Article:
A deeply divided special House Welfare subcommittee voted 16 to 12 yesterday to do away with most of the $6 billion food stamp program and give poor people cash instead, as President Carter wants.

The subcommittee took the action even though Ways and Means Committee Chairman Al Ullman (D-Ore.) warned that it could doom the Carter welfare plan in the House next year.

"You're going to have so many consequences of this action it will inevitably block the decision-making process," Ullman said during a debate that focused at times on whether the poor could be trusted to buy food if they were given cash.

In other votes on equally divisive issues, the subcommittee twice refused to raise to the official federal poverty level the minimum income floor which Carter's plan proposes to place under every American family.

But it did decide that, whatever the income floor finally turns out to be, it should be raised automatically each year in the future to allow for inflation.

Carter wants to set the minimum income at $4,200 for a family of four. Deputy general counsel Dan Marcus of the department of Health, Education and Welfare told the subcommittee the 1978 poverty level for a family of four will be $6,400 a year. He said it would cost $20 billion more a year to raise benefits to that level.

An angry Rep. Fortney H. (Pete) Stark (D-Calif.) lashed out at those voting against higher benefits, and against paying the benefits all in cash.

We're gonna freeze 'em or starve 'em [WORD ILLEGIBLE] by our actions here this [WORDS ILLEGIBLE] we can all be proud of that. [WORDS ILLEGIBLE] those liberals who voted . . . "Stark said.

"We will continue a hodgepodge of programs to allow them to starve . . . we'll hold them hostage to the farm bill, which is really the push behind these silly food stamps. We'll on the other hand continue to vote for the B-1 [a supersonic bomber for Carter is trying to stop and the House to resurrect] and other [military] programs."

In other votes [WORD ILLEGIBLE] they find they also have to pay Social Security taxes and the cost of getting to and from work. Those costs are reimbursed under present law, but would not be under Carter's plan.

Bangel's attempt to drop the part of Carter's plan that cuts federal benefits nearly in half for the first eight force recepients to look hard for jobs, was defeated.

But he won on a motion to give more federal money to states that choose to pay higher than minimum benefits, as New York does now.

Yesterday's vote completed subcommittee approval of the basic form of Carter's program - the folding of the three major existing welfare programs into one cash program available to all the poor.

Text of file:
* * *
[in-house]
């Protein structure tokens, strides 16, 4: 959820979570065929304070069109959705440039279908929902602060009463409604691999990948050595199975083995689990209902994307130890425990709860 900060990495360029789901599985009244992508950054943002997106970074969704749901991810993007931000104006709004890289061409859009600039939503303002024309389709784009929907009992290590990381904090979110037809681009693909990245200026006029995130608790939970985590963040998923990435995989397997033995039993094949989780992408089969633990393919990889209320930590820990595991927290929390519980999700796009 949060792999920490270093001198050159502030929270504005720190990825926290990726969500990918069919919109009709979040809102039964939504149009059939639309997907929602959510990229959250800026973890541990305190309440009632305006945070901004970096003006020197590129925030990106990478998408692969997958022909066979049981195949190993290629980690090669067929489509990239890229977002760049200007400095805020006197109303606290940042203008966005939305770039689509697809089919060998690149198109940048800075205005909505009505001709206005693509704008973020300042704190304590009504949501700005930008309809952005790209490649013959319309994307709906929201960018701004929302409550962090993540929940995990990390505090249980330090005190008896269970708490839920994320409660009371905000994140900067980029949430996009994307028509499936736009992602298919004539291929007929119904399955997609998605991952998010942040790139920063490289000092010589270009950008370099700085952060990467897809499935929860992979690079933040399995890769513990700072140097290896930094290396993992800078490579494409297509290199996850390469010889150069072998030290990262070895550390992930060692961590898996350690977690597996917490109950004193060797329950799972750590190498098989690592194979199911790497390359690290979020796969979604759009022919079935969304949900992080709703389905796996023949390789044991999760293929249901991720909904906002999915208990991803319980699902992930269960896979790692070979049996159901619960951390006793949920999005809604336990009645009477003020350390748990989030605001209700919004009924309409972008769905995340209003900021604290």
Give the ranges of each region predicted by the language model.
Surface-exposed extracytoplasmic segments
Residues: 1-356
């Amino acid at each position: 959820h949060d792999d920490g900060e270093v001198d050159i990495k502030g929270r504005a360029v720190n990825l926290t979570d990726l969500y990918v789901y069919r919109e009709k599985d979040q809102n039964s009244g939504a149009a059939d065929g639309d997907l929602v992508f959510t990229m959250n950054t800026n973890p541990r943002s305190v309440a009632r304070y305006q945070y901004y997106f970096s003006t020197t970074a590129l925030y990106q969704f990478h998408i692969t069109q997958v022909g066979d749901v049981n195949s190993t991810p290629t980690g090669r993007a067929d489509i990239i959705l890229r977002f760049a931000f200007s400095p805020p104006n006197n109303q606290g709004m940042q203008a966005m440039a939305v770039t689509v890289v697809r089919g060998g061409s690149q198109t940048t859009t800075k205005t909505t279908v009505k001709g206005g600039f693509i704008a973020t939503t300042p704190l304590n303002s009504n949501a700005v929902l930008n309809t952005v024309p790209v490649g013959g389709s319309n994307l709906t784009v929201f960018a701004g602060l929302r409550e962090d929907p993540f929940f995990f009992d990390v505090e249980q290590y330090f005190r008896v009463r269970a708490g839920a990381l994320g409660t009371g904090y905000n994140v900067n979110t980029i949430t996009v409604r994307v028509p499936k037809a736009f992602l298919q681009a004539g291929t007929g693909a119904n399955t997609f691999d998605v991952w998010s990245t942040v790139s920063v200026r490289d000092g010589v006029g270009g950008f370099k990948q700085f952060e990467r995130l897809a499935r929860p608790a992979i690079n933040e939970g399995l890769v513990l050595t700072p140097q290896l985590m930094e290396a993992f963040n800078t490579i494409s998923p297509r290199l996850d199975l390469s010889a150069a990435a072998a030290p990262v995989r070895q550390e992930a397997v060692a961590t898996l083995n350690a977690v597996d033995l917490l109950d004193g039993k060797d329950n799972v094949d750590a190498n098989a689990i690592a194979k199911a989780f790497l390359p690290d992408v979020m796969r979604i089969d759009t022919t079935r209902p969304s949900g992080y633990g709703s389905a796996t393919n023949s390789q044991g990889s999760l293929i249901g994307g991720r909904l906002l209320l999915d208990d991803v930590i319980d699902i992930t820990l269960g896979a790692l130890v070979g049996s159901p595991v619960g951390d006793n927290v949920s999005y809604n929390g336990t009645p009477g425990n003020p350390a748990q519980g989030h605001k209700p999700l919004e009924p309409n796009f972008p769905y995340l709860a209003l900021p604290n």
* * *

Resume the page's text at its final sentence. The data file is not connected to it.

The subcommittee voted 10 to 6 Tuesday to scrap Aid to Families with Dependent Children (AFDC) and Supplemental Security Income (SSI) in favor of the Carter plan.

Scrapping food stamps was controversial in part because several of the subcommittee members have a sizable political investment in the program.

Rep. Frederick W. Richmond (D-N.Y.), who heads the food stamp subcommittee, commented:

"I've seen how attractive food stamps are to people who don't want to apply for welfare . . . God, how much blood, sweat and tears we put into getting an equitable, fair and fraud-free foods stamp program. Why throw that down the drain."

Rep. Carl D. Perkins (D-Ky.(, who led the fight to scrap food stamps, indicated that he did so primarily because he thinks Carter's program deserves a chance to be considered intact.

"I am of the opinion that we will be debating this program next spring," he said." . . - think we should give the President of the United States an opportunity to try to bring order out of chaos. . ."

The fight over food stamps, benefit levels and all other aspects of Carter's program does not end with yesterday's vote.

The special subcommittee was created in September by drawing members from the Ways and Means. Agriculture and Education and Labor Committees.

When the subcommittee finishes making its decisions, each of those committees will get a crack at the parts under their jurisdiction. Food stamps could be put back in by the Agriculture Committee. Education and Labor could alter whatever the subcommittee does with the jobs portions of Carter's plan.

Yesterday's vote was not specifically to abolish food stamps, but to pay benefits under the new welfare plan only in cahs, Aides said that, as a practical matter this would leave room only for a small food stamp program serving perhaps a million persons not eligible for cash under the welfare plan, but that such a program would be impractical to administer.

During the session, the subcommittee rejected by voice vote a motion by Rep. Joseph L. Fisher (D-Va.) to pay benefits 25 per cent in food stamps and 75 per cent in cahs.

Fisher voted against scrapping the food stamp program, as did six out of nine voting Republicans, and six out of 13 voting Democrats. There are 29 members on the subcommittee.